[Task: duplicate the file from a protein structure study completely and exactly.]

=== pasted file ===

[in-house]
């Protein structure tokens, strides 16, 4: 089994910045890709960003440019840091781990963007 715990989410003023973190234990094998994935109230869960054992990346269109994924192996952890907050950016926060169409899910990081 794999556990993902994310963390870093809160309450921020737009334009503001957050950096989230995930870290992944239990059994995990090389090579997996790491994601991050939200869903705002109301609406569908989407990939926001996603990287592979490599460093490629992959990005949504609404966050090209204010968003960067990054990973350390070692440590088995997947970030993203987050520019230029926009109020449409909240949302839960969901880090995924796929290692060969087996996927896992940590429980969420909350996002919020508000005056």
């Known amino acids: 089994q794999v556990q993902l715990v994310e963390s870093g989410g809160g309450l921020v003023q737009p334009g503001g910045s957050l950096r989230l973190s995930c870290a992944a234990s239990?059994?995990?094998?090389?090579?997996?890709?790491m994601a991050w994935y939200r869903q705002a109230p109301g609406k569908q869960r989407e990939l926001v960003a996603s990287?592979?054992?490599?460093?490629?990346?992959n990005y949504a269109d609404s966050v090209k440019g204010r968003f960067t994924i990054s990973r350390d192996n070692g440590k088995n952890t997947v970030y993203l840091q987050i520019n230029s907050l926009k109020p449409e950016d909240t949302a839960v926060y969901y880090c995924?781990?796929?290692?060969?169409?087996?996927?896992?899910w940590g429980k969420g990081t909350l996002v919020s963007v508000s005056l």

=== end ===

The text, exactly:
[in-house]
């Protein structure tokens, strides 16, 4: 089994910045890709960003440019840091781990963007 715990989410003023973190234990094998994935109230869960054992990346269109994924192996952890907050950016926060169409899910990081 794999556990993902994310963390870093809160309450921020737009334009503001957050950096989230995930870290992944239990059994995990090389090579997996790491994601991050939200869903705002109301609406569908989407990939926001996603990287592979490599460093490629992959990005949504609404966050090209204010968003960067990054990973350390070692440590088995997947970030993203987050520019230029926009109020449409909240949302839960969901880090995924796929290692060969087996996927896992940590429980969420909350996002919020508000005056």
């Known amino acids: 089994q794999v556990q993902l715990v994310e963390s870093g989410g809160g309450l921020v003023q737009p334009g503001g910045s957050l950096r989230l973190s995930c870290a992944a234990s239990?059994?995990?094998?090389?090579?997996?890709?790491m994601a991050w994935y939200r869903q705002a109230p109301g609406k569908q869960r989407e990939l926001v960003a996603s990287?592979?054992?490599?460093?490629?990346?992959n990005y949504a269109d609404s966050v090209k440019g204010r968003f960067t994924i990054s990973r350390d192996n070692g440590k088995n952890t997947v970030y993203l840091q987050i520019n230029s907050l926009k109020p449409e950016d909240t949302a839960v926060y969901y880090c995924?781990?796929?290692?060969?169409?087996?996927?896992?899910w940590g429980k969420g990081t909350l996002v919020s963007v508000s005056l």